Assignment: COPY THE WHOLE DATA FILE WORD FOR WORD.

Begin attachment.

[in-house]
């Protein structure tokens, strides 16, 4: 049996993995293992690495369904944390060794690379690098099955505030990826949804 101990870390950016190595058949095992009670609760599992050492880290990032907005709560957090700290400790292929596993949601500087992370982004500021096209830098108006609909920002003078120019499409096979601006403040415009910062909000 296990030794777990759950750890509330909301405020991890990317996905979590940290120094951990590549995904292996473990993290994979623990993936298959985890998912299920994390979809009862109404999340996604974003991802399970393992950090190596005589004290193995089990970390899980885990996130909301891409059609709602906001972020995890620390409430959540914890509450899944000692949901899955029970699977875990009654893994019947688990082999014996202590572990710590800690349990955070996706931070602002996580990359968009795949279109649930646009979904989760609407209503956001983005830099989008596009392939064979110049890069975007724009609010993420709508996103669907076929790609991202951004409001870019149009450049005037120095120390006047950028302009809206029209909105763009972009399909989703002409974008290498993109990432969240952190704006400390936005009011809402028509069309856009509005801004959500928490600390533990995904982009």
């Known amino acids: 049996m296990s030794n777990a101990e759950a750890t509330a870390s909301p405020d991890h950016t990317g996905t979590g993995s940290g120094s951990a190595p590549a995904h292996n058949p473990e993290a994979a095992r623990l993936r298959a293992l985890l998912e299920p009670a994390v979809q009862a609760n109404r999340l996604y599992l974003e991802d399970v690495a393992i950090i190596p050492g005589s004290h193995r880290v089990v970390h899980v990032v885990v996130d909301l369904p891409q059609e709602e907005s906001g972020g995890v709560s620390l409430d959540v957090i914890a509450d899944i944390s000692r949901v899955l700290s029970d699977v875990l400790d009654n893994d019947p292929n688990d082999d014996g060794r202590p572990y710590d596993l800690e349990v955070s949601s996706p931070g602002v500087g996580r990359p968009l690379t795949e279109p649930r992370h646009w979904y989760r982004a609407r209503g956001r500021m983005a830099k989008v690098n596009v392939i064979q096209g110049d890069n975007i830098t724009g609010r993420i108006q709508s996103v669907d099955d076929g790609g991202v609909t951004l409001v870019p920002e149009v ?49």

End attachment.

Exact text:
[in-house]
């Protein structure tokens, strides 16, 4: 049996993995293992690495369904944390060794690379690098099955505030990826949804 101990870390950016190595058949095992009670609760599992050492880290990032907005709560957090700290400790292929596993949601500087992370982004500021096209830098108006609909920002003078120019499409096979601006403040415009910062909000 296990030794777990759950750890509330909301405020991890990317996905979590940290120094951990590549995904292996473990993290994979623990993936298959985890998912299920994390979809009862109404999340996604974003991802399970393992950090190596005589004290193995089990970390899980885990996130909301891409059609709602906001972020995890620390409430959540914890509450899944000692949901899955029970699977875990009654893994019947688990082999014996202590572990710590800690349990955070996706931070602002996580990359968009795949279109649930646009979904989760609407209503956001983005830099989008596009392939064979110049890069975007724009609010993420709508996103669907076929790609991202951004409001870019149009450049005037120095120390006047950028302009809206029209909105763009972009399909989703002409974008290498993109990432969240952190704006400390936005009011809402028509069309856009509005801004959500928490600390533990995904982009």
């Known amino acids: 049996m296990s030794n777990a101990e759950a750890t509330a870390s909301p405020d991890h950016t990317g996905t979590g993995s940290g120094s951990a190595p590549a995904h292996n058949p473990e993290a994979a095992r623990l993936r298959a293992l985890l998912e299920p009670a994390v979809q009862a609760n109404r999340l996604y599992l974003e991802d399970v690495a393992i950090i190596p050492g005589s004290h193995r880290v089990v970390h899980v990032v885990v996130d909301l369904p891409q059609e709602e907005s906001g972020g995890v709560s620390l409430d959540v957090i914890a509450d899944i944390s000692r949901v899955l700290s029970d699977v875990l400790d009654n893994d019947p292929n688990d082999d014996g060794r202590p572990y710590d596993l800690e349990v955070s949601s996706p931070g602002v500087g996580r990359p968009l690379t795949e279109p649930r992370h646009w979904y989760r982004a609407r209503g956001r500021m983005a830099k989008v690098n596009v392939i064979q096209g110049d890069n975007i830098t724009g609010r993420i108006q709508s996103v669907d099955d076929g790609g991202v609909t951004l409001v870019p920002e149009v ?49």